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Dangerous Obesity Health Risks

By Edited Nov 13, 2013 6 12

If you are severely overweight, there are several obesity health risks of which you should be aware.  All of them can be serious, and all of them can lead to a less than fulfilling lifestyle.  Obesity in adults is determined by the Body Mass Index, or BMI, and is defined as a BMI of 30 or greater.[1725]  While the Body Mass Index is not always a perfect way to decide if a person is overweight or obese, it is generally a good clue as to whether or not a person is at an increased risk of obesity-related health problems.  The obesity health risks in this article are predominantly for adults, but children can experience many of these same issues.

Obesity Health Risk #1 - Type 2 Diabetes

Type 2 Diabetes is a disease in which the body does not effectively use insulin to turn sugar into energy.  This leaves too much sugar in the blood stream and can lead to organ damage and failure.  Type 2 Diabetes has a strong genetic link, but unlike Type 1 Diabetes, Type 2 Diabetes can be managed by eating healthier, losing weight, and living a more active lifestyle.  The symptoms of diabetes are much the same in both types of the disease, however.

Obesity Health Risk #2 - Gallstones

Gallstones form when cholesterol and other items in the bile (created in the gall bladder) form stones.  Many people do not realize they even have gallstones, but when the stones block a bile duct, pain, fever, and chills begin to develop.  Eventually the pancreas can become swollen.  To reduce the health risk associated with gallstones, it is important to decrease the cholesterol intake into the body.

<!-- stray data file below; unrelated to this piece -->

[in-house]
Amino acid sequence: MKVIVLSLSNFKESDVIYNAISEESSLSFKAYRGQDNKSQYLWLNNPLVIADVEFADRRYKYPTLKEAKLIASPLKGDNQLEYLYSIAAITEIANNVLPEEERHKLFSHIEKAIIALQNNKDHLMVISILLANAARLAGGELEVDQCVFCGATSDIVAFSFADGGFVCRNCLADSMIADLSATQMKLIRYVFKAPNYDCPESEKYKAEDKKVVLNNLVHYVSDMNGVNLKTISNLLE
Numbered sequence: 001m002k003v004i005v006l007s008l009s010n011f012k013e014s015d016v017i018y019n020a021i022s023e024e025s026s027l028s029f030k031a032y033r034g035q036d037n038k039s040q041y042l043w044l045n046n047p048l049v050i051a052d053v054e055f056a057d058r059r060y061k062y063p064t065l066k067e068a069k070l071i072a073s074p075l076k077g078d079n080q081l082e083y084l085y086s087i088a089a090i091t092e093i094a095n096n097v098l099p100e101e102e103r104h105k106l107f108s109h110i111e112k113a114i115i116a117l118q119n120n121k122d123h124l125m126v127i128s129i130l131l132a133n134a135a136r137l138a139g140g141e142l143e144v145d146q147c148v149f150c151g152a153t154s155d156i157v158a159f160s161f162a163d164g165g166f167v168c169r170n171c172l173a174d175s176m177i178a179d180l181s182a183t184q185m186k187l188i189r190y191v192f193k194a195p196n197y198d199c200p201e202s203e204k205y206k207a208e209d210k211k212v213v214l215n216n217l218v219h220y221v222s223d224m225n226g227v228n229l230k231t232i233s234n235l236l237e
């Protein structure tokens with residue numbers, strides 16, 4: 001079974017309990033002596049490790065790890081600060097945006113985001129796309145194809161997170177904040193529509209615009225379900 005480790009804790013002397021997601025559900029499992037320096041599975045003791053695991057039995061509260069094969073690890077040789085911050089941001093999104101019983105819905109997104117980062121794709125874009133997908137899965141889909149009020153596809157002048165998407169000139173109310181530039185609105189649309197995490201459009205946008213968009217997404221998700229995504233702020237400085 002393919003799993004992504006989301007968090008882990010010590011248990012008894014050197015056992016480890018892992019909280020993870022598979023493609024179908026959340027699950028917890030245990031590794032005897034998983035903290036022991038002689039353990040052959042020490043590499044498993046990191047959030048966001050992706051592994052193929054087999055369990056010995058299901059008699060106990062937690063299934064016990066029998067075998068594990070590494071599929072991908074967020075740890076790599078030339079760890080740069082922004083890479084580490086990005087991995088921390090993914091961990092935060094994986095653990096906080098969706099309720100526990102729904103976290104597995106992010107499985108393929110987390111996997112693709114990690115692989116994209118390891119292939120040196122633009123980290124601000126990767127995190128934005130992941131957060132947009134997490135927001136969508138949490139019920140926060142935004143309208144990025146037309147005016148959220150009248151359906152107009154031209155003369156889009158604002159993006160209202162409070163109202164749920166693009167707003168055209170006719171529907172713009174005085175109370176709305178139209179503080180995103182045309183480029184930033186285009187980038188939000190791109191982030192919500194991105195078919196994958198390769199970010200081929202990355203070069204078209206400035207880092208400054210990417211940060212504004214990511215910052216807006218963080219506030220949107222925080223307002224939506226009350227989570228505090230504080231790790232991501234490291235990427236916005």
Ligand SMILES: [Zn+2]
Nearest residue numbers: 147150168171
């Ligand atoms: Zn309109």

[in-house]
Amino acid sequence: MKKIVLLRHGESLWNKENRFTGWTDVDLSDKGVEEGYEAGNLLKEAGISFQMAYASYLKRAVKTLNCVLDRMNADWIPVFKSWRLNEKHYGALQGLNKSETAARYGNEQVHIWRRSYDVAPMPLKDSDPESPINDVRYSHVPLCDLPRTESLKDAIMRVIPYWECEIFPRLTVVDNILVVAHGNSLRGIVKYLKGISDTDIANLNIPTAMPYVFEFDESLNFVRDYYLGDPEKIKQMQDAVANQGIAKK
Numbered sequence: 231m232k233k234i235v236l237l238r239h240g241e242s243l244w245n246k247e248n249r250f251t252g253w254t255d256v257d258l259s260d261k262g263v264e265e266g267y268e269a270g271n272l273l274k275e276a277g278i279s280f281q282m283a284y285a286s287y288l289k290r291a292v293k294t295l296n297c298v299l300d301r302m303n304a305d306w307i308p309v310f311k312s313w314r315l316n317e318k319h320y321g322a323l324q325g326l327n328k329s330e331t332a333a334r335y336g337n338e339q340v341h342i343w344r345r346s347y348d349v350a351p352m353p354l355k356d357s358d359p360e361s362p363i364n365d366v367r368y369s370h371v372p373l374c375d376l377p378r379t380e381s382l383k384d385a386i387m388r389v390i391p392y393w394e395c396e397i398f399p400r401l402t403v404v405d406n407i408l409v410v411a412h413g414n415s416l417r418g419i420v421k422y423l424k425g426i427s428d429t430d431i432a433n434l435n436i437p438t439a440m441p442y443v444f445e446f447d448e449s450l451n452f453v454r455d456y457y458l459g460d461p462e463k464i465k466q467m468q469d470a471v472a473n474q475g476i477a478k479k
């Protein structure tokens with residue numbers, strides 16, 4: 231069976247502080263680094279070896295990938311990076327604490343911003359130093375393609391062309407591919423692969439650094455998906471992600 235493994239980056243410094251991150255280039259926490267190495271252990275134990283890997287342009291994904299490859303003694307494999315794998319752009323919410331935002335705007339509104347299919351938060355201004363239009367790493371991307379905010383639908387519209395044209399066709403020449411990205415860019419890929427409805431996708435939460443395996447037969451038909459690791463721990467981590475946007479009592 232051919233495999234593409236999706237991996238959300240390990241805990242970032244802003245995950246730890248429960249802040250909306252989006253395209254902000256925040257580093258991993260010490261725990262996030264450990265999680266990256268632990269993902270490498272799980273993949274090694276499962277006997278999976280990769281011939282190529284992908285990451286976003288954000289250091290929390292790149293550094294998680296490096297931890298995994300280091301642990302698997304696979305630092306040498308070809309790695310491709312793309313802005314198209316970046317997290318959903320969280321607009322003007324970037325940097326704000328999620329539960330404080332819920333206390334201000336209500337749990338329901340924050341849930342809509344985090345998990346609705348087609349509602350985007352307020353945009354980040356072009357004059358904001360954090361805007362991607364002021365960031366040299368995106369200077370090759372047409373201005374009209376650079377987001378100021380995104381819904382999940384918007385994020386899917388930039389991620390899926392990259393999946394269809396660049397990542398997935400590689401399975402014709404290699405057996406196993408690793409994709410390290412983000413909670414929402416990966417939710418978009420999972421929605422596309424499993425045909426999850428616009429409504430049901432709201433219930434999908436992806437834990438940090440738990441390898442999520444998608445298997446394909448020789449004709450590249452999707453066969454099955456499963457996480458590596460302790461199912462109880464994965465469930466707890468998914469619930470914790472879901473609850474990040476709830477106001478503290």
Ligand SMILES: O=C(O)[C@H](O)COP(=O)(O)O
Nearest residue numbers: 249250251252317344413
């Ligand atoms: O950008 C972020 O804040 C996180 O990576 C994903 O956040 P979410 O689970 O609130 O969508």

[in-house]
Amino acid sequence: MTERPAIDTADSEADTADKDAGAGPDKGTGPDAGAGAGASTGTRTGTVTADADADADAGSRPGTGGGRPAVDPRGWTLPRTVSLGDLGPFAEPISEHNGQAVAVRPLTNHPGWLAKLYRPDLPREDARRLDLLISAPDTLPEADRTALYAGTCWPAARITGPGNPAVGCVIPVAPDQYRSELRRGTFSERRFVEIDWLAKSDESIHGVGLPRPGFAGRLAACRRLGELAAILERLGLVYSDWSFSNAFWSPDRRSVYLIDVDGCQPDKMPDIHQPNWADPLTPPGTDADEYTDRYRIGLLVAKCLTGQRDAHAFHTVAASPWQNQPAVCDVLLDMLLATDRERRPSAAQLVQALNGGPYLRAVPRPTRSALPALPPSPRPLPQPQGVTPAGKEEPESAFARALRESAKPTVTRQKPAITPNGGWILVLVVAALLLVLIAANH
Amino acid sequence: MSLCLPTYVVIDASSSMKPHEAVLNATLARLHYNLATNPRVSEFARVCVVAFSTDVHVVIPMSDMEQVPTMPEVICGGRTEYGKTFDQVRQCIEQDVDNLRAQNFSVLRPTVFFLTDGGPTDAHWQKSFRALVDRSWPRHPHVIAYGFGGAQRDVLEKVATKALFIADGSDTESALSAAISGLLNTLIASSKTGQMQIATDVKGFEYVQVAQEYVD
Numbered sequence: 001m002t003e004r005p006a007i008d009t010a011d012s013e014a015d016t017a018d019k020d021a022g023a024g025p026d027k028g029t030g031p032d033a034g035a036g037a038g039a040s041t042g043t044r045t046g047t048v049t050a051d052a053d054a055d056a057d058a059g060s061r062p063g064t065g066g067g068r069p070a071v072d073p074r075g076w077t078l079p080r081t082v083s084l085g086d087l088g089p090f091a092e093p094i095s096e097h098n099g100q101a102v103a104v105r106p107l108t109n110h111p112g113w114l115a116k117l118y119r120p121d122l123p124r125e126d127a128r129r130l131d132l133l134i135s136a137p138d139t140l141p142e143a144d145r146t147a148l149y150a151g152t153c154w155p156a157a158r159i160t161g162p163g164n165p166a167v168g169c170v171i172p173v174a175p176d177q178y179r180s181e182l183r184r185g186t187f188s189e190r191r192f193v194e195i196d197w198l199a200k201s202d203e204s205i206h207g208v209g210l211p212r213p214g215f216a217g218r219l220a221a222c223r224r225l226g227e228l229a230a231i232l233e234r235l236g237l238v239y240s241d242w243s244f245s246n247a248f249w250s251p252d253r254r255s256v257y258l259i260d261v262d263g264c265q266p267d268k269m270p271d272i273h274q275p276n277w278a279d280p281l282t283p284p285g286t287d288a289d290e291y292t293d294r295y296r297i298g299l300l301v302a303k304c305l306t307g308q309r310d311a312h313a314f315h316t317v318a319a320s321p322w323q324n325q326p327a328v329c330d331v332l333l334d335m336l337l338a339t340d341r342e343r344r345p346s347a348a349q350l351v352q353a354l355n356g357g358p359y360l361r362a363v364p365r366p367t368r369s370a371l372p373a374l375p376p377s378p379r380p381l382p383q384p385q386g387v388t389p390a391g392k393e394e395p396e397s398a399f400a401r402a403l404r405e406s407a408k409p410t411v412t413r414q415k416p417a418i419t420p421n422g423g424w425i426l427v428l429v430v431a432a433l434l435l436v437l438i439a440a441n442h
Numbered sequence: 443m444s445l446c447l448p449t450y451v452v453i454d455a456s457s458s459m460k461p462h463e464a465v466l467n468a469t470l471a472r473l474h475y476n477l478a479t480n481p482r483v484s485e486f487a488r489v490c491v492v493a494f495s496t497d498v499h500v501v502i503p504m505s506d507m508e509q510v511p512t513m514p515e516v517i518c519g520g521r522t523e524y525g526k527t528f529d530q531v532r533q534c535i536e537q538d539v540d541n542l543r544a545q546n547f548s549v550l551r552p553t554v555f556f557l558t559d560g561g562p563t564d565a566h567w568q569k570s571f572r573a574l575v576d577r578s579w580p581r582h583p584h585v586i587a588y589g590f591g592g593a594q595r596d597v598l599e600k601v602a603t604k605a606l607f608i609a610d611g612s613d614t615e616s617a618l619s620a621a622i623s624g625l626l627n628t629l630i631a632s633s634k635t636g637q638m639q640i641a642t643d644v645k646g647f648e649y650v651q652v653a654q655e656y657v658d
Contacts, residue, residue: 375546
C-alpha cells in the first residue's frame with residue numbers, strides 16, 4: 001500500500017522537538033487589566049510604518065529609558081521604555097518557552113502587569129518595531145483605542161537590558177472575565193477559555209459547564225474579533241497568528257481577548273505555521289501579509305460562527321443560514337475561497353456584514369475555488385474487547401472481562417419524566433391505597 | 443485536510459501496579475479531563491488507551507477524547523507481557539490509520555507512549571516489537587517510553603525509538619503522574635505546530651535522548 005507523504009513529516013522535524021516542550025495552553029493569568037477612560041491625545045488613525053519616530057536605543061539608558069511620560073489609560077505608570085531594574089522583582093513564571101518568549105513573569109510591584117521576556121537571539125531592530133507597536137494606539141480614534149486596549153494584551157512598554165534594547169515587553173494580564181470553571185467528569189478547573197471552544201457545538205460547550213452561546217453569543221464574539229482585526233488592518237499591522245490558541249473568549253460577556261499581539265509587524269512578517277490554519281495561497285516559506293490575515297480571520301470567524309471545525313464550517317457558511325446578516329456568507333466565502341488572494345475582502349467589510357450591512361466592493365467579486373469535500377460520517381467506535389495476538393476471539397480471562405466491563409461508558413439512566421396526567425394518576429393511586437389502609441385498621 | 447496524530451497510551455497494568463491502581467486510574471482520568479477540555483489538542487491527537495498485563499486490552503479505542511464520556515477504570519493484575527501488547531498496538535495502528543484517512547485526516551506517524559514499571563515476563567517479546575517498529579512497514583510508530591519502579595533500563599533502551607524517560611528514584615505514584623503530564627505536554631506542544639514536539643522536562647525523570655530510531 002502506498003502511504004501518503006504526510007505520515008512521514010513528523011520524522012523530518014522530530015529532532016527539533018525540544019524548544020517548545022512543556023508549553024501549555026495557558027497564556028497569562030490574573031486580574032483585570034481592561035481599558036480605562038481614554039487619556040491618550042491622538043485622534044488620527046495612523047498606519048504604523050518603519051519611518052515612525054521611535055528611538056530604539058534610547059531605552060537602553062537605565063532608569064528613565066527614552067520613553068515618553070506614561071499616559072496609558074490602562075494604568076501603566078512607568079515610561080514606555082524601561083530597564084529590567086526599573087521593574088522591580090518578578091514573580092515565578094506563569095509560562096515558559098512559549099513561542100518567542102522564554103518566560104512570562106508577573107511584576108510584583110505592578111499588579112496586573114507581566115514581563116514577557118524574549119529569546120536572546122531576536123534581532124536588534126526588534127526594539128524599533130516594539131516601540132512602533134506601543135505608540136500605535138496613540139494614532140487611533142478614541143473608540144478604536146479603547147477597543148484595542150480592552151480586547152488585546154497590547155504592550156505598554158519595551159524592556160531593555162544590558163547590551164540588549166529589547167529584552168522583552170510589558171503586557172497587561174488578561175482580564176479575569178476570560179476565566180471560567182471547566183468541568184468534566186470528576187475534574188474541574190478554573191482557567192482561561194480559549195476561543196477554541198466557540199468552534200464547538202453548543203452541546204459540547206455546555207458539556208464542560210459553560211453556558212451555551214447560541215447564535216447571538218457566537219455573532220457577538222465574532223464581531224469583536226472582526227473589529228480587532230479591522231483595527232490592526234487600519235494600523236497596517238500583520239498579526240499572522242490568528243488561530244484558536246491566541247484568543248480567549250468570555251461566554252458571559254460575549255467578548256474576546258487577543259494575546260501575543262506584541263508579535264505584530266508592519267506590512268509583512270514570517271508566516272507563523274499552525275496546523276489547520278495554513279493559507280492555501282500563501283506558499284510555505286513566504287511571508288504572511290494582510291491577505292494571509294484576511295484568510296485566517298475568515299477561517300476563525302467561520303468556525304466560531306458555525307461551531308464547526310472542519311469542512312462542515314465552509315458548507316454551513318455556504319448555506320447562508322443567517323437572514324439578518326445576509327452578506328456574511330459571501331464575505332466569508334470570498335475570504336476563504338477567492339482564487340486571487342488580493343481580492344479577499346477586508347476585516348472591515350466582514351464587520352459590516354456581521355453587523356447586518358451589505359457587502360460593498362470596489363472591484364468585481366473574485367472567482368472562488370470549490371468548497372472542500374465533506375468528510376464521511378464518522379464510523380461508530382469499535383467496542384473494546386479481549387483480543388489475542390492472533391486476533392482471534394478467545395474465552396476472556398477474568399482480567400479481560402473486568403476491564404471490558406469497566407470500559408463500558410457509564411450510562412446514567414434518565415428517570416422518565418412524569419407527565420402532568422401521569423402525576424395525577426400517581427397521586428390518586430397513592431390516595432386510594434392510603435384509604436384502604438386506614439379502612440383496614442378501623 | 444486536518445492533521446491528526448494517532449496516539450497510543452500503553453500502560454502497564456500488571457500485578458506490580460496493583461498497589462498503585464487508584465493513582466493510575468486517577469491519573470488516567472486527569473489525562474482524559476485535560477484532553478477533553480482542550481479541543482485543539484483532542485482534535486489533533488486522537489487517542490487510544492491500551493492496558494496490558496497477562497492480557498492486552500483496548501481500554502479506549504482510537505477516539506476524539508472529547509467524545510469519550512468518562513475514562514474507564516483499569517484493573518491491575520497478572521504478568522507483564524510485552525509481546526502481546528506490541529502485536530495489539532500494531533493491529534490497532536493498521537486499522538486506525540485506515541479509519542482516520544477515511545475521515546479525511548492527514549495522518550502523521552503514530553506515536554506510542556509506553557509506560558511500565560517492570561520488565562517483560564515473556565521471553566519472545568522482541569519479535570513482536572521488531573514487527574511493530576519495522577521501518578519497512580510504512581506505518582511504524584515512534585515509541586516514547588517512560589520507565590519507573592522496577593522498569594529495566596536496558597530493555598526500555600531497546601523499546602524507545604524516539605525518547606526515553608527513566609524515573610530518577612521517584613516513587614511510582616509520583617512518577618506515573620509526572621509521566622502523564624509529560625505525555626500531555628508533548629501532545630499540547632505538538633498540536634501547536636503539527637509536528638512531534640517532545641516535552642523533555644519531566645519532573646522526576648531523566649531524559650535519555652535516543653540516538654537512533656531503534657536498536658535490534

Obesity Health Risk #3 - High Blood Pressure

High blood pressure, also known as hypertension, has many causes, and obesity is one of them.  Hypertension is when the force of blood against the artery walls are too strong.  This can result in a heart attack or stroke, as well as damaged organs.  Prescription drugs can help reduce the risks associated with high blood pressure, as can a healthier diet.

Obesity Health Risk #4 - High Cholesterol

Cholesterol is a type of fat that we all need in order to survive.  However, a diet that is too high in fat and cholesterol can lead to heart disease and stroke.  A healthier diet and a more active lifestyle can help keep cholesterol levels down to acceptable levels and avoid obesity and its associated risks.

Obesity Health Risk #5 - Sleep Apnea

Sleep apnea is when a person does not breathe properly during sleep.  In some cases, breathing can stop completely.  Sleep apnea can be caused by obesity, and can--like all the other risks on this page--lead to a stroke. 

Obesity Health Risk #6 - Coronary Heart Disease

Coronary Heart Disease, or CAD, results from the buildup of plaque on the arterial walls.  This plaque is caused by excess cholesterol and other substances that slowly accumulate in the blood stream.  Eventually, this plaque buildup will reduce the proper flow of blood through the body and can result in heart attack and stroke.

Obesity Health Risk #7 - Stroke

If you haven't figured it out by now, all of the obesity health risks eventually lead up to a stroke.  A stroke is caused by a restriction of blood flow to the brain.  An unhealthy diet combined with a lack of physical activity results in less blood flow than normal, and when that affects the brain, a stroke occurs.  So while a stroke is definitely a risk associated with being overweight, in many cases it is the ultimate risk that all of the others lead to.